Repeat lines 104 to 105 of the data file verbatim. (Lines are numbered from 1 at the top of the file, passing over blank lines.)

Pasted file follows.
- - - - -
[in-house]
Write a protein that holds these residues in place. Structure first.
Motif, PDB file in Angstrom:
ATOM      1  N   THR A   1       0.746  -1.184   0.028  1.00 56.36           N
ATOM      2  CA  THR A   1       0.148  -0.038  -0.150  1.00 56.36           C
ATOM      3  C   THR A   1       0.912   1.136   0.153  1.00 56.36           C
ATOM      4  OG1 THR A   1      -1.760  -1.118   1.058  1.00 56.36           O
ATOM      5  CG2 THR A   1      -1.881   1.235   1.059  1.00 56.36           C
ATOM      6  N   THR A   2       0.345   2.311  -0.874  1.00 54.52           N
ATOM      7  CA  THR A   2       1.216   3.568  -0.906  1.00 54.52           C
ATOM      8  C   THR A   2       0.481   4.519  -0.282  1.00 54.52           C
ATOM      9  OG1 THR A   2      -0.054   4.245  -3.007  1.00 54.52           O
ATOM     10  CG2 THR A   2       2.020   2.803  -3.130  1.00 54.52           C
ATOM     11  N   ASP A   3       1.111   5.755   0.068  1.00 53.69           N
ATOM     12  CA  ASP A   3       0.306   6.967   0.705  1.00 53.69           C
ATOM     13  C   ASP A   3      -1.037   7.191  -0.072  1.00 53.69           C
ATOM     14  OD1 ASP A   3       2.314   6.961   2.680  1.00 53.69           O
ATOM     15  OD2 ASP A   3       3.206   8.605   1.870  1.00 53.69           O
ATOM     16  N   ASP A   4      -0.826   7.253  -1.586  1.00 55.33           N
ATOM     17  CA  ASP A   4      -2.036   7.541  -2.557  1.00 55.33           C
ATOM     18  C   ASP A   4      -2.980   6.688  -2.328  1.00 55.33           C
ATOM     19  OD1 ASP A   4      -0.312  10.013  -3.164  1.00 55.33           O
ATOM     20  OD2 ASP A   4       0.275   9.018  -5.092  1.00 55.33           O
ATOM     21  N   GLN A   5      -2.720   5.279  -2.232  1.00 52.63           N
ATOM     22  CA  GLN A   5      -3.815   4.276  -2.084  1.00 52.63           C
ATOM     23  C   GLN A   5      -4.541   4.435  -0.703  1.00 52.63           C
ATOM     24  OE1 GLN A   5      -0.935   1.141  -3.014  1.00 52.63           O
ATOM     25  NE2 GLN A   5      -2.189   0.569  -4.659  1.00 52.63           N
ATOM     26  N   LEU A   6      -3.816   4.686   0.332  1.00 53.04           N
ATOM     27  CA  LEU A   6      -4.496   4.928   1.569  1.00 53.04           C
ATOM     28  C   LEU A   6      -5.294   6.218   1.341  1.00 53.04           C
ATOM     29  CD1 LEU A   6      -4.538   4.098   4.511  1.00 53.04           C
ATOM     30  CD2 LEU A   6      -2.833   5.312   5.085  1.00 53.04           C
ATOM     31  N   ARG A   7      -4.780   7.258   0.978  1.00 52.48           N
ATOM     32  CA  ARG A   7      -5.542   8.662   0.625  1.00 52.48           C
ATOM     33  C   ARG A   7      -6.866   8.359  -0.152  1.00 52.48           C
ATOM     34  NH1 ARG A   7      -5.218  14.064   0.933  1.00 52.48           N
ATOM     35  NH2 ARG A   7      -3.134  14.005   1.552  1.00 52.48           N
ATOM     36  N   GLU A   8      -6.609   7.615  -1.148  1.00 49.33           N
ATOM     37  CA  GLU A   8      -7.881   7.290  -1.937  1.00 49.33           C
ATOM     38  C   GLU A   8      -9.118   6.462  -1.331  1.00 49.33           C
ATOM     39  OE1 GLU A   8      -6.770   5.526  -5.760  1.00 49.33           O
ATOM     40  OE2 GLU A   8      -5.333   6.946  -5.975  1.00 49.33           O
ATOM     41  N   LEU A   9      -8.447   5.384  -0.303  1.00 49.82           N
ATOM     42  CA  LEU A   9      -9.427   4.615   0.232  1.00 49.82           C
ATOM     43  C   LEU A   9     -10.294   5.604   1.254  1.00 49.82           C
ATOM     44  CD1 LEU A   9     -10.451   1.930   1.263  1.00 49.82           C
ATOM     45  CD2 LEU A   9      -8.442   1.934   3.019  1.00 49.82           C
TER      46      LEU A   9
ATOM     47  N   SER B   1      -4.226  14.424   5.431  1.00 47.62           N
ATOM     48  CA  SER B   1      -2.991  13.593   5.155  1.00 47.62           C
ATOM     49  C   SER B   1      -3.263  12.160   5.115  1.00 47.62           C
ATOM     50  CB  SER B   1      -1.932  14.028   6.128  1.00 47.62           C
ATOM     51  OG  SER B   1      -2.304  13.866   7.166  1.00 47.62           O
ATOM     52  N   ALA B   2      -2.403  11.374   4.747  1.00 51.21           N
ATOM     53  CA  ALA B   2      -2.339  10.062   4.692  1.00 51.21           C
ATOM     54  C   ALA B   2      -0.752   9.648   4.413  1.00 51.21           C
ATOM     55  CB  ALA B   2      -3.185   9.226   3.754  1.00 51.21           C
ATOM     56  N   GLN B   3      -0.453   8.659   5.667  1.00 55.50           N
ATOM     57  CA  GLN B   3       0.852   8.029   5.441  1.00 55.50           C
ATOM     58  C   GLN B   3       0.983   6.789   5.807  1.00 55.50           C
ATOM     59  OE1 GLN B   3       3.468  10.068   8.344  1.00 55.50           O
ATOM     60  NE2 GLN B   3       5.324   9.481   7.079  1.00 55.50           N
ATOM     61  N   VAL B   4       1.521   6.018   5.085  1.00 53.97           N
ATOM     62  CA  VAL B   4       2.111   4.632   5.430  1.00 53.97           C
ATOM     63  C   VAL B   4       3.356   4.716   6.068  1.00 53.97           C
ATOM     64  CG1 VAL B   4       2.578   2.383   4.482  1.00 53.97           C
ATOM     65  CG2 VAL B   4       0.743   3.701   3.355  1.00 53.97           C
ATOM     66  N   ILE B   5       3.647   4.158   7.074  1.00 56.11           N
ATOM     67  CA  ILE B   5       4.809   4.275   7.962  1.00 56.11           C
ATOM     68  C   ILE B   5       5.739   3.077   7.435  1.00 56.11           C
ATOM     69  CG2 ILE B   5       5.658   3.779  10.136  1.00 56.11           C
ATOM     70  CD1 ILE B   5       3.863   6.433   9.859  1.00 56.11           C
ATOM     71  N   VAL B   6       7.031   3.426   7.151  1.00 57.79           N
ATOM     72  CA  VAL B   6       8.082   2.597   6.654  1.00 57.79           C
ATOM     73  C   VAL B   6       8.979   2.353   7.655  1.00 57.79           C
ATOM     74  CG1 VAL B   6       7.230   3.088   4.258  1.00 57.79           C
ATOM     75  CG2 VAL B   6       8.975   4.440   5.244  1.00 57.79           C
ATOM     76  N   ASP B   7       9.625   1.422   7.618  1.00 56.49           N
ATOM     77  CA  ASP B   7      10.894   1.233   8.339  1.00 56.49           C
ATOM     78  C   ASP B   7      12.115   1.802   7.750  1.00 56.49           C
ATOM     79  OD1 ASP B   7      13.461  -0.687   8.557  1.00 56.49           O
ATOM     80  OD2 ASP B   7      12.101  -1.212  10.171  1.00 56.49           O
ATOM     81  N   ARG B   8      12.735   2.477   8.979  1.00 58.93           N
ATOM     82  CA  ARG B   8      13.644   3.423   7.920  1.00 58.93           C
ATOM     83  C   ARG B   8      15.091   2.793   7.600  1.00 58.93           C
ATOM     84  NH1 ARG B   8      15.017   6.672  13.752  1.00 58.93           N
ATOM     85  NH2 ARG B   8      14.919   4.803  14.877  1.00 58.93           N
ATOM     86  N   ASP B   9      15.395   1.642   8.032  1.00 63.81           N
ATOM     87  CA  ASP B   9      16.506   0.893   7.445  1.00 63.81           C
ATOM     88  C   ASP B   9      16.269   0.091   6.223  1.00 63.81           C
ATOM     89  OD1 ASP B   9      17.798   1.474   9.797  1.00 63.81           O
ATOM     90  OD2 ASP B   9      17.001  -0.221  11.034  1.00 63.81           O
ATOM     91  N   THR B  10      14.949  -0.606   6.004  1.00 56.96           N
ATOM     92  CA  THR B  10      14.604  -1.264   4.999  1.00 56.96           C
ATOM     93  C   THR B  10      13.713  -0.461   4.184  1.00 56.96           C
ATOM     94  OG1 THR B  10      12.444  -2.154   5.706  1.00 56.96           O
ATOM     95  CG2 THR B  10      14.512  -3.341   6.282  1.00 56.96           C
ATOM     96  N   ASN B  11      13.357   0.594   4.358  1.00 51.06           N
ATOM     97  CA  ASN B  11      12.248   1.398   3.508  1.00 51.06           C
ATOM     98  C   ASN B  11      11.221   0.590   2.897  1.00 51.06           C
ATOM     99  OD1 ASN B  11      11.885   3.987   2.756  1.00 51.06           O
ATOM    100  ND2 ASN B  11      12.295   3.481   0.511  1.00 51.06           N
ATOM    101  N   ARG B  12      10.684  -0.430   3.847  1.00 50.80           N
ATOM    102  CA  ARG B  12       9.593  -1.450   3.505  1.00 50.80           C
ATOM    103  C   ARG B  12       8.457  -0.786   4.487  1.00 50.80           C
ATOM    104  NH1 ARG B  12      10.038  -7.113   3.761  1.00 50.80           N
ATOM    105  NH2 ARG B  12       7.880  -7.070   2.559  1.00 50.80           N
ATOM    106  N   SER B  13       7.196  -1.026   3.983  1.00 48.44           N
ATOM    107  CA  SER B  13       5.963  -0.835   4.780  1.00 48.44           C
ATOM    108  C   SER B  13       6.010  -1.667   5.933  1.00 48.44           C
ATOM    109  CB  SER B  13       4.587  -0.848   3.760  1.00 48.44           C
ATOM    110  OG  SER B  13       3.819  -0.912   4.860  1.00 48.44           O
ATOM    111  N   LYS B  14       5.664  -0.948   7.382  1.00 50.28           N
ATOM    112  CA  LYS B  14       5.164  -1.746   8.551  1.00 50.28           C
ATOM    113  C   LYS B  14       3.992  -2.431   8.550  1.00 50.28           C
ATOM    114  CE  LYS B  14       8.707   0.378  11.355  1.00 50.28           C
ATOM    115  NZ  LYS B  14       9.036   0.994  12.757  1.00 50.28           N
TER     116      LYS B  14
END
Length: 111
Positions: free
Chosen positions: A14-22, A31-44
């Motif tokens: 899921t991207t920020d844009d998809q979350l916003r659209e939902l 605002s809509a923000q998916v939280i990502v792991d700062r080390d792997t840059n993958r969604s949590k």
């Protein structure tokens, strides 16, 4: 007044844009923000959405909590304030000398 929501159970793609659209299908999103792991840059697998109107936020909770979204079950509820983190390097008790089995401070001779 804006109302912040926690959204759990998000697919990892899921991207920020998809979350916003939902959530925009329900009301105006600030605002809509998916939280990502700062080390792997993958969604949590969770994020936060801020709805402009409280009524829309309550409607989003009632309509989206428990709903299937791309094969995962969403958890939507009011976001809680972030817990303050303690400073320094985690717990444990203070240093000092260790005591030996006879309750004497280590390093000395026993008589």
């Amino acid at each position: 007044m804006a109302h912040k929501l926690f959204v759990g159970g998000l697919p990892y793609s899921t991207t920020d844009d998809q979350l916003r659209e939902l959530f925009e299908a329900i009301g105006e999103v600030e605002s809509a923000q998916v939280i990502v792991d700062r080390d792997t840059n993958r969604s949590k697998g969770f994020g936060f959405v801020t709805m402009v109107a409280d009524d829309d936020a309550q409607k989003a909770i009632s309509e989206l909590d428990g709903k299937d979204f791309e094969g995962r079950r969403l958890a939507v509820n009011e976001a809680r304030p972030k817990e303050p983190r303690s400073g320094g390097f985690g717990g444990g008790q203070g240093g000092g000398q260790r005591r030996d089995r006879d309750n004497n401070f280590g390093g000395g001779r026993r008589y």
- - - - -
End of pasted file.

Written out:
ATOM    101  N   ARG B  12      10.684  -0.430   3.847  1.00 50.80           N
ATOM    102  CA  ARG B  12       9.593  -1.450   3.505  1.00 50.80           C